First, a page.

I tried the new device that lets you print Polaroids directly from your smartphone, and it was a fun but pricey experiment



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  • Polaroid released the Polaroid Lab, a way to print photos from your phone.
  • The printer costs $130, and went on sale October 10.
  • Users select a photo in the Polaroid Originals app, and place their phone facedown to print.
  • The Polaroid Lab was fun to test out, but it’s an expensive device for one person to use. 
  • Visit Business Insider’s homepage for more stories.

For anyone obsessed with the nostalgic look of Polaroids, Polaroid Originals has the perfect new gadget for you. 

Polaroid Originals on Thursday released the Polaroid Lab printer. The white and black printer allows you to turn any digital image into analog Polaroids straight from your smartphone. 

Polaroid was founded in the 1930s, and became popular for its instant photo products. But with the rise of digital photography, Polaroid declared bankruptcy in 2001. In 2017, the Impossible Project bought the brand and launched Polaroid Originals, creating new cameras for “the modern era” called the OneStep 2 and the OneStep Plus, named after Polaroid’s original camera from 1977. 

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In the press release accompanying the launch of the Lab, CEO Oskar Smolokowski appealed to a simpler time before everyone had high-quality cameras on them all the time.

“The idea behind the Polaroid Lab is that it turns your most precious smartphone photos into tangible Polaroid photographs — bringing them into the world as something you can hold in your hand and store on the fridge door rather than in the cloud,” Smolokowski said. 

He calls cloud storage and digital photos “memories’ worst enemy,” saying that we take thousands of images that we never end up looking at.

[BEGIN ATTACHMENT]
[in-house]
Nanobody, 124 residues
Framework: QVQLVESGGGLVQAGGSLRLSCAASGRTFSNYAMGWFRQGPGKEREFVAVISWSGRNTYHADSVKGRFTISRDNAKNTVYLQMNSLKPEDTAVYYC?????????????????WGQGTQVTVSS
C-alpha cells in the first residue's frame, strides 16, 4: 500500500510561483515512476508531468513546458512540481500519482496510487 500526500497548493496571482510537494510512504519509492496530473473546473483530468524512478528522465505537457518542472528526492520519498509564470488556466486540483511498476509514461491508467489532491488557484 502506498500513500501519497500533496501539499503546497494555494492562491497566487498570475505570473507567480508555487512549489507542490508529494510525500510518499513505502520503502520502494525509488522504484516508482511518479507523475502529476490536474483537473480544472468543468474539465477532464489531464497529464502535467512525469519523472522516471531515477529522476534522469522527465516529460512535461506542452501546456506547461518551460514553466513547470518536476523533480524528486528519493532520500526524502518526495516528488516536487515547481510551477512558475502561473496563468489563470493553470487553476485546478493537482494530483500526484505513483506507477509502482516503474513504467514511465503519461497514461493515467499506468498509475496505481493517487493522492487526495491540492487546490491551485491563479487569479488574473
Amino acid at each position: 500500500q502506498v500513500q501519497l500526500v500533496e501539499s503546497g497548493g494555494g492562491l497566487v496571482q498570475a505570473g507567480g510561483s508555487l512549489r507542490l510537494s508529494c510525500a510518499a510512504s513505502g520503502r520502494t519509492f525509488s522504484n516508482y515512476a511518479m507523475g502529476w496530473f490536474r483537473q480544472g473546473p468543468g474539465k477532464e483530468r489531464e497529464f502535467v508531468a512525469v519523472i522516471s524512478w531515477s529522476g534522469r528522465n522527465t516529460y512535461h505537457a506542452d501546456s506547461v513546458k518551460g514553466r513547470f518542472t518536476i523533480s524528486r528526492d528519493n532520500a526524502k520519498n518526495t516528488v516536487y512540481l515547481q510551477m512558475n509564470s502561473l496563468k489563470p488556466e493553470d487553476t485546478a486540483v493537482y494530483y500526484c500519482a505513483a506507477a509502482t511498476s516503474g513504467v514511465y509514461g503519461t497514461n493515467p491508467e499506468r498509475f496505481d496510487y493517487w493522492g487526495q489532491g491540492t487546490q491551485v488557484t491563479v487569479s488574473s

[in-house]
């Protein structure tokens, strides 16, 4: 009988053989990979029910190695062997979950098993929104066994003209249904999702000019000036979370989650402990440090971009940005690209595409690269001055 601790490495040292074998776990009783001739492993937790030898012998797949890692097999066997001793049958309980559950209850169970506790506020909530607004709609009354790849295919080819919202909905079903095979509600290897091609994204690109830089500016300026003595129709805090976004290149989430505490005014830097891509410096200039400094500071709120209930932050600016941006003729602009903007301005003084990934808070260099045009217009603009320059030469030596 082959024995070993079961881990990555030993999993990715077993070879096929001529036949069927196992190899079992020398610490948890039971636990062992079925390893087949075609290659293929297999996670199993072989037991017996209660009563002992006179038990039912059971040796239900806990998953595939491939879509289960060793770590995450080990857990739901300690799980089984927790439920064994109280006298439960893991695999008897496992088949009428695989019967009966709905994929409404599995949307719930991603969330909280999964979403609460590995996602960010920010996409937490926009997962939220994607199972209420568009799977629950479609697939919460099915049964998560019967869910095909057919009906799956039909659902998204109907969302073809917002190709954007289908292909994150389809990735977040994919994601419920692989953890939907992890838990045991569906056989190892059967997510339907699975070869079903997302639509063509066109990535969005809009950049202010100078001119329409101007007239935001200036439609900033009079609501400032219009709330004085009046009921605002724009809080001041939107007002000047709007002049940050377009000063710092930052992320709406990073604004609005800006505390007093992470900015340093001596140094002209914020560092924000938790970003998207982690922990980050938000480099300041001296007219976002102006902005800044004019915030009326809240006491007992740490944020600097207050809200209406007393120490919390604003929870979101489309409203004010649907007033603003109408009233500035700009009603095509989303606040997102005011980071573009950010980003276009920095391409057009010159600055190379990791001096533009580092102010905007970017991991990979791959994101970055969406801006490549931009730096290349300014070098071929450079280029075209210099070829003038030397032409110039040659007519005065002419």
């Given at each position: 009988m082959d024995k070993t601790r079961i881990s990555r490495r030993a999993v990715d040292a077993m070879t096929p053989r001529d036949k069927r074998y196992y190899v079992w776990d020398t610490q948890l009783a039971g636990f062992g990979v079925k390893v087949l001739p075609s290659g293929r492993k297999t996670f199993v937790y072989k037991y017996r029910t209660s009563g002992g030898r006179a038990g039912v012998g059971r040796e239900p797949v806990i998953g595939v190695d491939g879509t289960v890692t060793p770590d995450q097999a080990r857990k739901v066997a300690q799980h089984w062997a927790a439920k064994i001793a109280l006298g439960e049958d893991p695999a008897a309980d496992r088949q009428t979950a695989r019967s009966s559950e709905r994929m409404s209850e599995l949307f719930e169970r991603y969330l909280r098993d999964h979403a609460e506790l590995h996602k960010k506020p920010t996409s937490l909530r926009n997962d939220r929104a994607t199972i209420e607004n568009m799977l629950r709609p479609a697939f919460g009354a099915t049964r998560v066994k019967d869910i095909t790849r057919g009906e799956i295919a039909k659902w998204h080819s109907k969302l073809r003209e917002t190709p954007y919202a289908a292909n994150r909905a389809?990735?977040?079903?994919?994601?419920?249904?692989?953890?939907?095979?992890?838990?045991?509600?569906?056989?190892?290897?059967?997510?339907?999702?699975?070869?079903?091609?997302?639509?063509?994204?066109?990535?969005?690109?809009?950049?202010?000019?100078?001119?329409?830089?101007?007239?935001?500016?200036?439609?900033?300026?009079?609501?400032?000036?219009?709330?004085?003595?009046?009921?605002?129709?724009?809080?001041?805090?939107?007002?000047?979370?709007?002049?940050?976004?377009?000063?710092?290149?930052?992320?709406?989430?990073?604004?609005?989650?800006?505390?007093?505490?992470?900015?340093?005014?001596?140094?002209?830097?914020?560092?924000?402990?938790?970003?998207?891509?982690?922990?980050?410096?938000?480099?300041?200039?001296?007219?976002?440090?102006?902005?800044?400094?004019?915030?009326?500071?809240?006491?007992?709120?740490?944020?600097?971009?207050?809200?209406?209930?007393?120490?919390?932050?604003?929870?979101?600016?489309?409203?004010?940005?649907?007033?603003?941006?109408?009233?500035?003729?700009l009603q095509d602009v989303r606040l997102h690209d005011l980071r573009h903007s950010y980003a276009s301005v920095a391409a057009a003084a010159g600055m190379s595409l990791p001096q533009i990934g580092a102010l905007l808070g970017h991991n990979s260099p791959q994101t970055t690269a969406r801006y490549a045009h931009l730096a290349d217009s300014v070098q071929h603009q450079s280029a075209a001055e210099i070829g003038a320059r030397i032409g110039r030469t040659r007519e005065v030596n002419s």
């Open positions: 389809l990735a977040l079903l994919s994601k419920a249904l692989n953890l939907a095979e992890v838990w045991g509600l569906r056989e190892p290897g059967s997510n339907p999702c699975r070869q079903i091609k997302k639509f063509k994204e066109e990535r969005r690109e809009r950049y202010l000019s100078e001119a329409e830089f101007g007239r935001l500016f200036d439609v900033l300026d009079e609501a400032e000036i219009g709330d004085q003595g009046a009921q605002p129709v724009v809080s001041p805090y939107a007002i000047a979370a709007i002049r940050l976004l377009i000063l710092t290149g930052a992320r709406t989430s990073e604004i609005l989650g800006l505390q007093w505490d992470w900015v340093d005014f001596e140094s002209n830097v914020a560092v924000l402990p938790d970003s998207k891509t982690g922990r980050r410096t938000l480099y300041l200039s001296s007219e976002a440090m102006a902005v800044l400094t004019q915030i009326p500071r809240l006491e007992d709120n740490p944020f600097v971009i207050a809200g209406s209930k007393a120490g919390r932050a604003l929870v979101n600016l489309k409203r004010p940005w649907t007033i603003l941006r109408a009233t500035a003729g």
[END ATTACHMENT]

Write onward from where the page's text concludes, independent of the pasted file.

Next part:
To that end, the new Polaroid Lab is intended to take digital images off of your phone and turn them into tangible photographs. I decided to got one into the office try out for a few days — here’s what it’s like to use. 

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The printer comes already assembled in a cardboard box. The directions are clear, and there’s nothing to put together.

I had both black and white and color film to test.

First, I opened the color film first, and unwrapped the cartridge.

The film goes in an opening in the bottom of the Lab. This was the least intuitive part for me, but it didn’t take too long to figure out.

Next, in the Polaroid app, access your camera roll and choose a photo. (The device works with both iPhones and Android phones).

Then, choose your sizing. I used singles so I could try out as many photos as possible.

You’ll be prompted to choose what film type you have — I started with color film.

One tip: Before getting started, make sure you have the brightness turned up on your phone, and for iPhones, True Tone turned off.

To get started, place your phone screen down on the scanner — the lights will blink when your phone is lined up. When you press the red button to print, the lights next to it will indicate how much film you have left.

When your photo prints, you’ll have to remove it and flip it over for 15 minutes while it develops.

Here’s the first photo I printed. It came out looking recognizably like a Polaroid: kind of faded and overexposed. But that’s the aesthetic you know you’re getting when you use a Polaroid.

I tried another color image, and I liked how it came out.

I also tried a black and white one. I think next time, I would use a darker photo, since this one turned out very overexposed.

My final thoughts? The Polaroid Lab is fun but a bit pricey.

The Polaroid Lab was fun to use — and makes for cute decor — but it’s an expensive toy.

I do like the ability to print pictures without going to CVS, and I can see myself decorating my desk or mirror with the images it produces. The photos are recognizable as Polaroids, and I had fun choosing images off my phone. I think the Lab would work best if several people shared it, like a family or group of roommates. Otherwise, I don’t think it will get used enough to be worthwhile for one person.

But if you’re one of many millennials and Gen Z-ers who like a vintage aesthetic, this might be perfect for you.